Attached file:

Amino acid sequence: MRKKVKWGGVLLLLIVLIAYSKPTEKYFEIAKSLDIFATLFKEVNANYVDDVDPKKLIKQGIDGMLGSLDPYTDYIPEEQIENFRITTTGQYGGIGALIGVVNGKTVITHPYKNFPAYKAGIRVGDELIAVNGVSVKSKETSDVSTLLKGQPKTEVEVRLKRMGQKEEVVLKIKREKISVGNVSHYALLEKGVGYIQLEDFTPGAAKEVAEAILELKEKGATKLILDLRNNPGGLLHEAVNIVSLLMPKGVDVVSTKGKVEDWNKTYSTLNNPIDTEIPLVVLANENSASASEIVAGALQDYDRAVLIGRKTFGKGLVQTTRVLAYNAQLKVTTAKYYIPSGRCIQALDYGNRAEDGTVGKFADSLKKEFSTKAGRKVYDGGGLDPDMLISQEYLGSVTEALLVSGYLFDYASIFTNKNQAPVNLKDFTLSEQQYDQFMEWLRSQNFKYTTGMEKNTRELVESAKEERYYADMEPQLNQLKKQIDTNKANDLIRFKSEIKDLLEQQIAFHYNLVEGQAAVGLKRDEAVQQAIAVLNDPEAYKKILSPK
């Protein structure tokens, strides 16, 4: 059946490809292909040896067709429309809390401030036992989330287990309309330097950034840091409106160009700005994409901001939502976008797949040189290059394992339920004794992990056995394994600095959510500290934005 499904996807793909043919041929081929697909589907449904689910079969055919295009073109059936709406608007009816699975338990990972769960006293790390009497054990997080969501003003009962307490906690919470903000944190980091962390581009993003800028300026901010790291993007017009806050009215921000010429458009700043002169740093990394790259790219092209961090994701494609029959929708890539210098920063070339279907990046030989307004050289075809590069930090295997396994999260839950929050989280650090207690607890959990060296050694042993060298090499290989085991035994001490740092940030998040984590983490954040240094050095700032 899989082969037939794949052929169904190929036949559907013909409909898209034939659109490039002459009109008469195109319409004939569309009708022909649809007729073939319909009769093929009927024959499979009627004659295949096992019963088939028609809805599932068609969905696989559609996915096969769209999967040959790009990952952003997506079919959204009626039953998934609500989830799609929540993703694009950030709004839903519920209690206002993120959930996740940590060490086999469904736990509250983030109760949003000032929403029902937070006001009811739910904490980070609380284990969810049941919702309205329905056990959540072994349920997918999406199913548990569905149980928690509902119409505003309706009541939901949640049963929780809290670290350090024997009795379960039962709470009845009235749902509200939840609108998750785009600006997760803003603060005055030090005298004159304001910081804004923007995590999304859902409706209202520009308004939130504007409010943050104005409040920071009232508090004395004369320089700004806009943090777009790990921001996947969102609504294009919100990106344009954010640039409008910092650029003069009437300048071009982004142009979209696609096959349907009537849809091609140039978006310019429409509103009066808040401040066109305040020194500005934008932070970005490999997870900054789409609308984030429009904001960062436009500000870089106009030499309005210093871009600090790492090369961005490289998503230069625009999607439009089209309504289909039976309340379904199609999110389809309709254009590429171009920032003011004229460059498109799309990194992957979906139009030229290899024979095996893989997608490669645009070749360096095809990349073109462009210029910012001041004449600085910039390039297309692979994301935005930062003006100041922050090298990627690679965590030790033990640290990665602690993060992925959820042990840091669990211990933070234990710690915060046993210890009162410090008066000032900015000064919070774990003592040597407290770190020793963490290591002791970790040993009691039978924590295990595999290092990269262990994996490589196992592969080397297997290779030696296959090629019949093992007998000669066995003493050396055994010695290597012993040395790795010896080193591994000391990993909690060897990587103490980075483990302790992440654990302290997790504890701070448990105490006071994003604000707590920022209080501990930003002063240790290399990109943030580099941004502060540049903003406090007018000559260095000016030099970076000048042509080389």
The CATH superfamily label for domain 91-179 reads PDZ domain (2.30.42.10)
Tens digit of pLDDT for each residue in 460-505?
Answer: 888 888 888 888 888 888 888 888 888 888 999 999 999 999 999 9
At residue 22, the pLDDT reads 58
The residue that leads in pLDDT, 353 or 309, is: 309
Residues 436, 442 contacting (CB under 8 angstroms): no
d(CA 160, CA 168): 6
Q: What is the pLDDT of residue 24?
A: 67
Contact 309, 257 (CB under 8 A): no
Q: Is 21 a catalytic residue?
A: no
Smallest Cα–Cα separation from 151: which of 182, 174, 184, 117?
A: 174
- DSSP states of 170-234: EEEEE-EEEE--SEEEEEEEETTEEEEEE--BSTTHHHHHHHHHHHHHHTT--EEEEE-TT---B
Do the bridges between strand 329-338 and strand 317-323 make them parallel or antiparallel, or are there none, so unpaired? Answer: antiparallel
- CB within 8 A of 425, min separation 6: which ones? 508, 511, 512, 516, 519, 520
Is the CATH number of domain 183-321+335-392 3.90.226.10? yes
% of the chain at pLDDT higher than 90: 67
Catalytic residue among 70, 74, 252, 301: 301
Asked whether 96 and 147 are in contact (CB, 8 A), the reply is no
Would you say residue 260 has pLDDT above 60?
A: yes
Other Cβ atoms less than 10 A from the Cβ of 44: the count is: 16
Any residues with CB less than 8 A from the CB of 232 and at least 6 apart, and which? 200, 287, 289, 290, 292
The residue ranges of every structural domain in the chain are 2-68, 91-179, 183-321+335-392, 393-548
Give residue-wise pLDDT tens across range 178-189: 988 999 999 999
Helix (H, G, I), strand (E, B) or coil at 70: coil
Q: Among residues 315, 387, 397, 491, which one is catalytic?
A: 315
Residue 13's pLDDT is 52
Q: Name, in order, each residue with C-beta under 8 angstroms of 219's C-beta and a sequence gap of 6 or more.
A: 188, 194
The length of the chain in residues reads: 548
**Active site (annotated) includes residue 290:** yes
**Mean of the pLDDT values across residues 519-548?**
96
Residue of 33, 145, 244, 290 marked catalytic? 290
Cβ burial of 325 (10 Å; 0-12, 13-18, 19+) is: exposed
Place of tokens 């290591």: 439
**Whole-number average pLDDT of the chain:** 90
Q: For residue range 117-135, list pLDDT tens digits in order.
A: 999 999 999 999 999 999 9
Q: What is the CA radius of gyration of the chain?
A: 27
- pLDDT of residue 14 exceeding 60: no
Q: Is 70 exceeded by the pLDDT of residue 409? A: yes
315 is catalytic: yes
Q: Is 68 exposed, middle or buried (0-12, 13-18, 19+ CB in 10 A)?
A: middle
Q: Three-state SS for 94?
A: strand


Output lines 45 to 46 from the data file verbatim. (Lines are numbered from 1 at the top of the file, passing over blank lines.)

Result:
A: 999 999 999 999 999 999 9
Q: What is the CA radius of gyration of the chain?